Asia, Africa, and Australia: The Great Mission Observatories(1814–2000)

  • Augustín Udías
Part of the Astrophysics and Space Science Library book series (ASSL, volume 286)


With the exception of the observatories in Australia and India, which had characteristics akin to those in North America and Europe, observatories in Asia, the Middle East and Africa have some common features derived from their being in mission countries. These observatories were part of the apostolic work in non-Christian and mostly undeveloped countries. They were conceived of as an important witness of the work of missionaries in contributing to the progress of these countries and to the harmony between modern science and Christian faith. The scientific prestige of the observatories was considered to be an important factor in spreading the Christian message. In this sense, they were a continuation of the work of Jesuit scientists who in the 17th and 18th centuries had worked in observatories in China and India. Verbiest, one of the directors of the Imperial Observatory in Beijing had already expressed a similar view, saying that Christian faith entered China helped by the hand of astronomy (Chapter 1). In the 19th century and at the beginning of the 20th century, in many countries, Jesuit observatories were the only existing scientific institutions, and remained so for many years. In them, Jesuits laid the foundations for many state observatories and institutions which developed much later. For this reason, most of the Jesuit observatories in these countries covered a wide variety of subjects such as astronomy, solar physics, meteorology, seismology, and geomagnetism. In the practical aspects of these sciences these observatories offered, among other services, accurate time keeping, support of geodesic measurements and cartography, weather forecasts especially of hurricanes and typhoons, and evaluation of earthquake damage and assessment of the risk of earthquakes. These were invaluable services in countries to a great extent undeveloped. To these services we have to add the scientific training received by local personnel who collaborated in the observatories. In some countries those trained by the Jesuits were the first to receive any scientific formation at all. Thus Jesuits contributed in an important way to the scientific development of these countries. Among the observatories established in such countries the four great mission observatories, namely, Manila, Zikawei, Tananarive, and Lebanon excelled by their importance.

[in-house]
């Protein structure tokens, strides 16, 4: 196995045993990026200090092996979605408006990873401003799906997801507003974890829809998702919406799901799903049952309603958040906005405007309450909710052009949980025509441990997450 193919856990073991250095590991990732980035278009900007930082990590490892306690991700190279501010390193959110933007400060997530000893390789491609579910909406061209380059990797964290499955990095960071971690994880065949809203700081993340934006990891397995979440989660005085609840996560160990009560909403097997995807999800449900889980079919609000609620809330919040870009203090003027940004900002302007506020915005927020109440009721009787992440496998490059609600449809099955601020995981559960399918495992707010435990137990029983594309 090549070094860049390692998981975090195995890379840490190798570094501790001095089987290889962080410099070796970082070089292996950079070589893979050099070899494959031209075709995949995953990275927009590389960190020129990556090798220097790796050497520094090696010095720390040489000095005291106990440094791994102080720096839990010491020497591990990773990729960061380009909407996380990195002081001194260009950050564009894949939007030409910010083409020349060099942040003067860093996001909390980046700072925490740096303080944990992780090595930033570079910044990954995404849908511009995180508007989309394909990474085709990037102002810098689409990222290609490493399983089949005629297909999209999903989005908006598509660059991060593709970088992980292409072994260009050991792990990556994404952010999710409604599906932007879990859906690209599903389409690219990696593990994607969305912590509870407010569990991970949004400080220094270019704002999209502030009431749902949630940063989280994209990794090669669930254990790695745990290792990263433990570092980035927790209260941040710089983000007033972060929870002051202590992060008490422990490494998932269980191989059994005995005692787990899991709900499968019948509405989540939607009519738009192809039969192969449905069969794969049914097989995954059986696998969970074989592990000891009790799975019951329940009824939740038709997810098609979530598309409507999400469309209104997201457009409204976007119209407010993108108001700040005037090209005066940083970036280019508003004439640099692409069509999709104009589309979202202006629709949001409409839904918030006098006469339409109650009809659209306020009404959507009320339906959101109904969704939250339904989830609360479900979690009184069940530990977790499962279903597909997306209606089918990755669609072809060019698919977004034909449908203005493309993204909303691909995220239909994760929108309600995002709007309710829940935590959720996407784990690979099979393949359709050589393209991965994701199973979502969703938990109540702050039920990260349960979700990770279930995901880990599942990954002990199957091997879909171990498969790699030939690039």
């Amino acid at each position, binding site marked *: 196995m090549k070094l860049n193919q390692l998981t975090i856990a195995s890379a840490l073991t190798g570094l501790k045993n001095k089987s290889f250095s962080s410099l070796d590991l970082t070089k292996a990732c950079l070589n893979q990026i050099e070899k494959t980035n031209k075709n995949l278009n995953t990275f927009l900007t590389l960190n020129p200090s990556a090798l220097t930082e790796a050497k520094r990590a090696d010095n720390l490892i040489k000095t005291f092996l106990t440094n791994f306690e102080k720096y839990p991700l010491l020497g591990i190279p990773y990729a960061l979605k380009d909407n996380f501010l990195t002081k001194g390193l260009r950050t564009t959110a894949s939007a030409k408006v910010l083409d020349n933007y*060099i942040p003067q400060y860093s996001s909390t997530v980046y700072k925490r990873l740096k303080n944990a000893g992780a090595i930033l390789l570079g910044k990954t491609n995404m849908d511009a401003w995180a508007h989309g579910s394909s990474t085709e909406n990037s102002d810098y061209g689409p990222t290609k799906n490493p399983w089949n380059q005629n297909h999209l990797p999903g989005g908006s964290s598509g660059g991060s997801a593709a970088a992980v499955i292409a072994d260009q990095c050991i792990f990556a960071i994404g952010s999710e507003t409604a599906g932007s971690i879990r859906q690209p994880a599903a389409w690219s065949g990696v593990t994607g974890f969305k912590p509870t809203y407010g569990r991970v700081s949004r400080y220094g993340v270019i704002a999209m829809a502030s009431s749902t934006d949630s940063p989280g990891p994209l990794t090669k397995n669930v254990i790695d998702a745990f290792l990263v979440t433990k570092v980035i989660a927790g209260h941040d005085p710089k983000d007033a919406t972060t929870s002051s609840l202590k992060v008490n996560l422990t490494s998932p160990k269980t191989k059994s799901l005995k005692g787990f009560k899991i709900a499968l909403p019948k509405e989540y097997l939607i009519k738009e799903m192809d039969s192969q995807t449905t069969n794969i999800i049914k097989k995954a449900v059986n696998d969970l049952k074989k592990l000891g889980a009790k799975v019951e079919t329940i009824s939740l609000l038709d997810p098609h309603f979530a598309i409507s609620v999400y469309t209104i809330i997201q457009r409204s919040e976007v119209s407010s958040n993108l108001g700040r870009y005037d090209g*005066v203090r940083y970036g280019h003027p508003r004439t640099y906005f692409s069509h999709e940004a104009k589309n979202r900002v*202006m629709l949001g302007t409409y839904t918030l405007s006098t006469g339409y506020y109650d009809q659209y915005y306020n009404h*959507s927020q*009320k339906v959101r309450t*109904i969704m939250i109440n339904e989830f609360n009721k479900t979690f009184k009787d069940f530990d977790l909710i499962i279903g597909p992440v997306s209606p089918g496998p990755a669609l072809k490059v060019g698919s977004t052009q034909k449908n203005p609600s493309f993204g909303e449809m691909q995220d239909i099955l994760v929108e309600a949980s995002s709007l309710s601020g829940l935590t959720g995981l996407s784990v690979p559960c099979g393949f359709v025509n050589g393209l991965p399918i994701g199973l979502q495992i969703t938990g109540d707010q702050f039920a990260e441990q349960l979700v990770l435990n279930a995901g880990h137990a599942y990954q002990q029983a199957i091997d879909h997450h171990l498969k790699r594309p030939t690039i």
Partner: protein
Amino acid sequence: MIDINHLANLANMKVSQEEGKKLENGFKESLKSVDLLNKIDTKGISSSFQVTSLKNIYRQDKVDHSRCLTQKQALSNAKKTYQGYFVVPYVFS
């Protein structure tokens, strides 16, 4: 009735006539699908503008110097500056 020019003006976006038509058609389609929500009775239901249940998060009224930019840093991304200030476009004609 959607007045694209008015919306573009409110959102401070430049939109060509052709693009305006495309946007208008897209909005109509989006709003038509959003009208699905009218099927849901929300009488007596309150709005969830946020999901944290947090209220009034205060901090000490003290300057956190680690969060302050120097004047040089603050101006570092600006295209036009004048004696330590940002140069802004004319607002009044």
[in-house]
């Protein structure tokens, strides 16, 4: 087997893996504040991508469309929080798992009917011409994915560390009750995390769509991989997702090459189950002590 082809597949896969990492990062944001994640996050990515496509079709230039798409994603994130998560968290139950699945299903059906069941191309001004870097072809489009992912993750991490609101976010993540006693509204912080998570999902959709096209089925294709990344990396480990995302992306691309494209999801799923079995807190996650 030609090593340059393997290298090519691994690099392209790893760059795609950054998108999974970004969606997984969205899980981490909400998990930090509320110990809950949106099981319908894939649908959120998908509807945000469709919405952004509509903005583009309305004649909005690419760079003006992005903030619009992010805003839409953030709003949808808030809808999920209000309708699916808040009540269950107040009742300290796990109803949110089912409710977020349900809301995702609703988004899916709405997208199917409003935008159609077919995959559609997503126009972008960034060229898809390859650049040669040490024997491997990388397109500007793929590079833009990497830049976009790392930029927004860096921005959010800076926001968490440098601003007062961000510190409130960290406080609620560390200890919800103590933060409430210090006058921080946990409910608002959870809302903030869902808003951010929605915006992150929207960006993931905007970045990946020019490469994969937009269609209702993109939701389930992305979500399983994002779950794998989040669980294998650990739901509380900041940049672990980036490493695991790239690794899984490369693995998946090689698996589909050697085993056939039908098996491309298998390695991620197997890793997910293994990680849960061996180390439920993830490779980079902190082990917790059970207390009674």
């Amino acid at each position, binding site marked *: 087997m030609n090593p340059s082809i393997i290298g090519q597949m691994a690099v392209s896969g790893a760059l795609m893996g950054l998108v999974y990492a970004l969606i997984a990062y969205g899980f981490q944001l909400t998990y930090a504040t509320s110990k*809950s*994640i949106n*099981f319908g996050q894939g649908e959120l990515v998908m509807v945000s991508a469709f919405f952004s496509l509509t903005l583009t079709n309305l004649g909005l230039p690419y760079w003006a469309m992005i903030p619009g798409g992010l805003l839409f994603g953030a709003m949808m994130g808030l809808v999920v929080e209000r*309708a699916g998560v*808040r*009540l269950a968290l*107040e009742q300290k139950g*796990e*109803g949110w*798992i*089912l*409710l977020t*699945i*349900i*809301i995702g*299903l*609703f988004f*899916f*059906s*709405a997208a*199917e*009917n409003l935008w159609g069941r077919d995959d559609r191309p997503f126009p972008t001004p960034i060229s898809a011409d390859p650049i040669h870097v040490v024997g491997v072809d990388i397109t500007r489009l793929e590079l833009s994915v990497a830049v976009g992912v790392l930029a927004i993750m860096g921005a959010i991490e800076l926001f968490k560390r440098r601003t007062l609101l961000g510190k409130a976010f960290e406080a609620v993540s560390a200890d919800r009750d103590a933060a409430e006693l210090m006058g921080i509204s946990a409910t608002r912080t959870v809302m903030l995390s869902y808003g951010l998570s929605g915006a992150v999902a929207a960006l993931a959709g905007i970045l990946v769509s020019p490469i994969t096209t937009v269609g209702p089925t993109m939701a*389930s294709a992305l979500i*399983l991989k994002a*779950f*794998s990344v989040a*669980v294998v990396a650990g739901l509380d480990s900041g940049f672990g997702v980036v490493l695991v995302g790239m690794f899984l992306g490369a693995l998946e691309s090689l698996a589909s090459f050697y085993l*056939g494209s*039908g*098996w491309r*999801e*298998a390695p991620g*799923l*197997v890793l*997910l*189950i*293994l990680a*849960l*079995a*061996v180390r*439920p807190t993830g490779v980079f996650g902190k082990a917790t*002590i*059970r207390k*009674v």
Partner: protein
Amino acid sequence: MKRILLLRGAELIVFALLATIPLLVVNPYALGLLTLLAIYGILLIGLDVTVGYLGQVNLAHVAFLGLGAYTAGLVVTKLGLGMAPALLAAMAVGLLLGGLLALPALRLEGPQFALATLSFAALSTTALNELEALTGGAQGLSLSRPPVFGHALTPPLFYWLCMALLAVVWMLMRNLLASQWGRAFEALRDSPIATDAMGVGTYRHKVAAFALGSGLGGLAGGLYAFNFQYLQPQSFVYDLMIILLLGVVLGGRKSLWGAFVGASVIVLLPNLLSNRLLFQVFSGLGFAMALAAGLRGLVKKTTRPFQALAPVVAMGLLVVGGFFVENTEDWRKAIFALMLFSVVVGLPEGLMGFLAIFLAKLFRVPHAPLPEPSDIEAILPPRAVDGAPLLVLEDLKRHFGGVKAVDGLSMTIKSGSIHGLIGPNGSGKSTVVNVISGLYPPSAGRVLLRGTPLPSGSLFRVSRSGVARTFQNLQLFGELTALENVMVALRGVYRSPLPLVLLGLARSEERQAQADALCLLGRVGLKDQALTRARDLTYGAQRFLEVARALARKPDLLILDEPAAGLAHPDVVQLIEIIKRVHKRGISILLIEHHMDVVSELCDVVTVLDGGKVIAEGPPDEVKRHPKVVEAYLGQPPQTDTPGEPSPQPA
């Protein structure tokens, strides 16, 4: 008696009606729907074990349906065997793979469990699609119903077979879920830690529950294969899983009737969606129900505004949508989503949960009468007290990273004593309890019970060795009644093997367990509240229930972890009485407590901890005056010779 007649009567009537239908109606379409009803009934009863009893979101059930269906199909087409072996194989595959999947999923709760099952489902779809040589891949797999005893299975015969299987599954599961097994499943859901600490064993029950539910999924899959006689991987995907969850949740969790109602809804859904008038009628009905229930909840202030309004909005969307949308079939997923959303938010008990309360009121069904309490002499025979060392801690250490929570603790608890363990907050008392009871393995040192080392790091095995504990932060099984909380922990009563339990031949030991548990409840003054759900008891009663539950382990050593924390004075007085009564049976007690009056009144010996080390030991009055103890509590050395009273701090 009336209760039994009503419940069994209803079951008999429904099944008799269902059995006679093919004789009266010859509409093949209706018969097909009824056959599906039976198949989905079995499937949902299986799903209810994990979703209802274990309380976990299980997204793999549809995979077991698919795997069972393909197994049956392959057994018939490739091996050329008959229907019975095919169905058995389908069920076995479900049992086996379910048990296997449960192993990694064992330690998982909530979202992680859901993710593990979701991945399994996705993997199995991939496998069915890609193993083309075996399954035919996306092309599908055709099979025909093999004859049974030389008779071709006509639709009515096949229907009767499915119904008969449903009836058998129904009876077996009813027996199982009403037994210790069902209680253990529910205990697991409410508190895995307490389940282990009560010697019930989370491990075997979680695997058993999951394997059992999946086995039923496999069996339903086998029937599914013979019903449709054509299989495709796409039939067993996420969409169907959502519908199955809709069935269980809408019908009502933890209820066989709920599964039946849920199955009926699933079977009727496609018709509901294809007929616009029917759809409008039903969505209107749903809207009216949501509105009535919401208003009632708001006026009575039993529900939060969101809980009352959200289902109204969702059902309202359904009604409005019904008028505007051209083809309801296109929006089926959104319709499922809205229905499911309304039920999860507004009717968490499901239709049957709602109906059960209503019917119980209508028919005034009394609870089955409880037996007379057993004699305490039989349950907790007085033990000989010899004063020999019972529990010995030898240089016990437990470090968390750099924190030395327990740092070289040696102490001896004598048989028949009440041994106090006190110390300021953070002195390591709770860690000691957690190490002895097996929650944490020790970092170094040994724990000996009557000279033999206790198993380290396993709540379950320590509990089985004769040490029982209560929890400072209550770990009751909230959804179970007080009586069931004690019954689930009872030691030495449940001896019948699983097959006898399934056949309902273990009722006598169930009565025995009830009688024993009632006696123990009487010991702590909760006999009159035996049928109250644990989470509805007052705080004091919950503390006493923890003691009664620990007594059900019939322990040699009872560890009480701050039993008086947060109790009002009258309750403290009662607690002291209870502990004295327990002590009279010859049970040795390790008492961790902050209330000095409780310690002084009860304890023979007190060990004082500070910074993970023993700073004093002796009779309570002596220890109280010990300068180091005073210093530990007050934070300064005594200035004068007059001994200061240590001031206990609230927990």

Solar Eclipse Meteorological Observation Astronomical Observation Magnetic Section International Geophysical Year 
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© Springer Science+Business Media Dordrecht 2003

Authors and Affiliations

  • Augustín Udías
    • 1
  1. 1.Department of Geophysics and MeteorologyUniversidad ComplutenseMadridSpain

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